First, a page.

One of the greatest problems in many churches and schools today is that they have drifted or run away from the authority of the Bible. Rather than the Bible standing as standard and judge of what they do, they stand as judge of the Bible. Human minds, judgments, and values decide what parts of the Bible are true and useful today. This unfaithful approach to the Bible has led to the serious decline of churches in numbers and influence and has turned formerly Christian schools into secular institutions.

The Power of Asking the Right Question

Michael Kelley:

Sometimes there is a question behind the question. The initial question might be something theoretical like this: “Daddy, what dessert is the healthiest?” Now that sounds suspicious to me. It’s crafty, especially when coming from a particularly wily 8-year-old. But that’s not the real question. You only get to the real question a bit later after you go through a series of others. The REAL question is this:
“Can we have ice cream tonight?”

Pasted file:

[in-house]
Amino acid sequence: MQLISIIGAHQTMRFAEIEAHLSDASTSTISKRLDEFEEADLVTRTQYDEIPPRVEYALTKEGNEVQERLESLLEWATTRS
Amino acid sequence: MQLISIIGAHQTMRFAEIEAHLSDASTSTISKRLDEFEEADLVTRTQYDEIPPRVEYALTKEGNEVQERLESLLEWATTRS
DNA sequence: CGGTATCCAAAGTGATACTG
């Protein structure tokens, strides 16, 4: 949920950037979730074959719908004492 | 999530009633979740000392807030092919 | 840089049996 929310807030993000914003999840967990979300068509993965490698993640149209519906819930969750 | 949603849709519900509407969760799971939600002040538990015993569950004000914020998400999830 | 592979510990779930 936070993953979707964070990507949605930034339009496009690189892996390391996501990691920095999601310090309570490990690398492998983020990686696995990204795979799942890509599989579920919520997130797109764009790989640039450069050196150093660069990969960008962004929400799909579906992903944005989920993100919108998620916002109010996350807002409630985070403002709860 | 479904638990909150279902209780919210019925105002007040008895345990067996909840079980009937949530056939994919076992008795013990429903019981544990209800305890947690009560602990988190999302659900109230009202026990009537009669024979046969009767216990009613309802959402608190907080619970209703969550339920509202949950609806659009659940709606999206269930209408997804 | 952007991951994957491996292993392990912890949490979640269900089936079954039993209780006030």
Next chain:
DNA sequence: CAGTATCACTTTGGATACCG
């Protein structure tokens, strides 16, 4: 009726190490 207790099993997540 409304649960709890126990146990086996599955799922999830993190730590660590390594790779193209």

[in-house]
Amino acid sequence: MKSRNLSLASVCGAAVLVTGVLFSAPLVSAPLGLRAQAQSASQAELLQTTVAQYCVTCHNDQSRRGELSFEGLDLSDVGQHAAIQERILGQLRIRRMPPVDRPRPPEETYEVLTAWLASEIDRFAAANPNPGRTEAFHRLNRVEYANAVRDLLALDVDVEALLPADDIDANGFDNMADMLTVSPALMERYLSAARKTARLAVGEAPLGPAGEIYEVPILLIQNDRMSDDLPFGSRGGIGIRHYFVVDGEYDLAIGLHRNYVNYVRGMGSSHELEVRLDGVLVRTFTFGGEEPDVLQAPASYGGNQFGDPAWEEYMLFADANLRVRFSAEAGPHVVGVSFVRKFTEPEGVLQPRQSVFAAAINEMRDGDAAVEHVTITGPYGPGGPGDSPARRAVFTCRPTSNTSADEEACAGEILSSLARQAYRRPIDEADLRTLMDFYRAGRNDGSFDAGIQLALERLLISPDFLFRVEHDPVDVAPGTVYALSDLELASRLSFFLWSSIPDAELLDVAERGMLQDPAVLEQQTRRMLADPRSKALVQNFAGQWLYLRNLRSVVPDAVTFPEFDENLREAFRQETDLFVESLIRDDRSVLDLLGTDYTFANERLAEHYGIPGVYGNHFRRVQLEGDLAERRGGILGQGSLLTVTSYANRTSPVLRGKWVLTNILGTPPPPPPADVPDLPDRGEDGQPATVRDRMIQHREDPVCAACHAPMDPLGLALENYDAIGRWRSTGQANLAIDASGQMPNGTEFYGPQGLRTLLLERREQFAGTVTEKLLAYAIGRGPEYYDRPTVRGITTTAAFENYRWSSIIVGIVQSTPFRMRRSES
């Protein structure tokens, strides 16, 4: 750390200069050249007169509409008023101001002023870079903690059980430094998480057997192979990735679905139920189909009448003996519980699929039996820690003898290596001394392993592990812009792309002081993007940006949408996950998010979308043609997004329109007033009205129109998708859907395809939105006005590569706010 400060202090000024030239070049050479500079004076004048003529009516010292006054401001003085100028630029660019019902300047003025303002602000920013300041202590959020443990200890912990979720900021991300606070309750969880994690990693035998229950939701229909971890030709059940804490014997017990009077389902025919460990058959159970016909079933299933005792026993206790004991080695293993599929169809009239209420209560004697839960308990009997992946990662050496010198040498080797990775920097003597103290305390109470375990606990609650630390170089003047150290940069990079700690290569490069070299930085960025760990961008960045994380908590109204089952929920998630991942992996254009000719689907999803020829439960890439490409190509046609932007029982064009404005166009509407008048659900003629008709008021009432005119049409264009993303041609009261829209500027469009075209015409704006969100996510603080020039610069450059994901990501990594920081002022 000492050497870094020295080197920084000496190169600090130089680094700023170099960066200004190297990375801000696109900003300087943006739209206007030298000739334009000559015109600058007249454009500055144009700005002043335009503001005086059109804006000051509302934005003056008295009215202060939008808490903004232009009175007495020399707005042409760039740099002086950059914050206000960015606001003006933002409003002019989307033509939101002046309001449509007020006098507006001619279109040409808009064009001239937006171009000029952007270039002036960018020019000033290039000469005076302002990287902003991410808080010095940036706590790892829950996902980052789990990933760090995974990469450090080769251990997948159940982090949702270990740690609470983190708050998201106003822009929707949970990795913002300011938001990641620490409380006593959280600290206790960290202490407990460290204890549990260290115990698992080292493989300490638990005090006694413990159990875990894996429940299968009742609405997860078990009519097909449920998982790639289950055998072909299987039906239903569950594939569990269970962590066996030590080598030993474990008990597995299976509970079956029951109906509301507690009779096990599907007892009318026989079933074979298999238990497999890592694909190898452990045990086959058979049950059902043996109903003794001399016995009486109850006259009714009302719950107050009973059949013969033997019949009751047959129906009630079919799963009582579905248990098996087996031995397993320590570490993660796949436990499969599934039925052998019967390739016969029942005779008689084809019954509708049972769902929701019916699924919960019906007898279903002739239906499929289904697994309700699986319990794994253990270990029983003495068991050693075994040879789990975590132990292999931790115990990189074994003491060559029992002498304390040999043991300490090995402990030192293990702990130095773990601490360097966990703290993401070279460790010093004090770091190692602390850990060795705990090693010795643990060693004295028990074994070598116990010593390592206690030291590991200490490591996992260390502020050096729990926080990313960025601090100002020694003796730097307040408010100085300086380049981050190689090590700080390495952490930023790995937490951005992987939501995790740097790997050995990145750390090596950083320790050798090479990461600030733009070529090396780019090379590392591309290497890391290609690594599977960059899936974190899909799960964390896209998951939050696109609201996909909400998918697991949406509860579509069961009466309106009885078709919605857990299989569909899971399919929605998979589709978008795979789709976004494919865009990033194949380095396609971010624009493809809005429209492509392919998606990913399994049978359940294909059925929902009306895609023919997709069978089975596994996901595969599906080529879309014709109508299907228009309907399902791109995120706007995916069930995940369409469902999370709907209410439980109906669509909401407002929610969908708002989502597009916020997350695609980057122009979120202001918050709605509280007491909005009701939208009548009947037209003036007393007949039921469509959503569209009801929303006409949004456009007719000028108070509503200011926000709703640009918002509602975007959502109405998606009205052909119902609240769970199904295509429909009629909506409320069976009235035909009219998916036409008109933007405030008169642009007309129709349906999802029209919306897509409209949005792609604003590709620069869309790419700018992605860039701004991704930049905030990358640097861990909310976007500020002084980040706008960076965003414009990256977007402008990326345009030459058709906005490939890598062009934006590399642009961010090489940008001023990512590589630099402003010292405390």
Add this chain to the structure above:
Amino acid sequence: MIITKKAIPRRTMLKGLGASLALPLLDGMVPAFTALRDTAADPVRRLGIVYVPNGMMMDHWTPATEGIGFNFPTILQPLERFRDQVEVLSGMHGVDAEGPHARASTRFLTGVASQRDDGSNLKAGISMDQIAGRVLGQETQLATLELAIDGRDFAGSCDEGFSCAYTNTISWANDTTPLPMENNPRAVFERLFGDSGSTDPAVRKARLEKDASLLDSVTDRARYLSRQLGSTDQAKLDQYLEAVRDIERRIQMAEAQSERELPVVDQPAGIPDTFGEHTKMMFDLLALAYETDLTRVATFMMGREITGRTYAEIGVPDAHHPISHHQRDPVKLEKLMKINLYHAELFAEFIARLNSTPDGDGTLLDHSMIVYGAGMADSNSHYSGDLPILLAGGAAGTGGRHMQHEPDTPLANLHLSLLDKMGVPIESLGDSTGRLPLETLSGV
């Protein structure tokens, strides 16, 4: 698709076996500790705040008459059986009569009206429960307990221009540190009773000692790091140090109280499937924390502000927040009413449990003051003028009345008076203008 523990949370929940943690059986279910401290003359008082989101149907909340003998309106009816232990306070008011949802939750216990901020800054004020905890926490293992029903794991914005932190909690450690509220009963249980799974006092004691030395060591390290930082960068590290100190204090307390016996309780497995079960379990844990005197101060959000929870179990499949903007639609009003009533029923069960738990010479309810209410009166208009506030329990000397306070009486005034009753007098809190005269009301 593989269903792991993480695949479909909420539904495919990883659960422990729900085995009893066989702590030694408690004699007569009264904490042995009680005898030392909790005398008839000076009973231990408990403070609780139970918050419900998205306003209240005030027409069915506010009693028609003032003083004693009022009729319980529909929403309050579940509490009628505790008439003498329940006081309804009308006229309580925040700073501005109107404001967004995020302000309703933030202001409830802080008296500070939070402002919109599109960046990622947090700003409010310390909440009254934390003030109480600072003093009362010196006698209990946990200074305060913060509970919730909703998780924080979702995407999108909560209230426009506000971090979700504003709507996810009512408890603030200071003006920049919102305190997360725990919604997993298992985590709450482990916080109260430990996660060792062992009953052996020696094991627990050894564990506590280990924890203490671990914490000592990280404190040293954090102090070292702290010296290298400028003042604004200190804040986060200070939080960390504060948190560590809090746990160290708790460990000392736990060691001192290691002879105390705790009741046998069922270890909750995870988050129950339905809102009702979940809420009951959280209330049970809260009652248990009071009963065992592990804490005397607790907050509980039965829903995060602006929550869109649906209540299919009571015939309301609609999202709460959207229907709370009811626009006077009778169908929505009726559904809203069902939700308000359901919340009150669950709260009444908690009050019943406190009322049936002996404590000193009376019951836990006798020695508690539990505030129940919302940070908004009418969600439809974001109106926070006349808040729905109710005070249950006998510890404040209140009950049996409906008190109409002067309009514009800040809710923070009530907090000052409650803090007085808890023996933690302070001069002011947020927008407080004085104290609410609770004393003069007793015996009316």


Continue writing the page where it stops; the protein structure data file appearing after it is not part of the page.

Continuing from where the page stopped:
That’s what he really wants an answer to, and I think we do the same thing when we ask bigger, more substantial questions about the nature of life, God, and humanity. Most of the time these initial questions come in the same hypothetical form. You know: “Could God make a rock too big for Him to move?” kind of stuff.

Is There “A Way Forward” for the United Methodist Church?

Trevin Wax:

As evangelicals, we should grieve whenever churches and denominations are divided. Jesus claimed that one of the ways the world will know the Father’s glory is through His people’s unity. Too often, we give lip service to unity while justifying schism.

At the same time, true and lasting unity must be based in the truth of God’s Word. Unity is impossible when the clarity and sufficiency of Scripture is denied.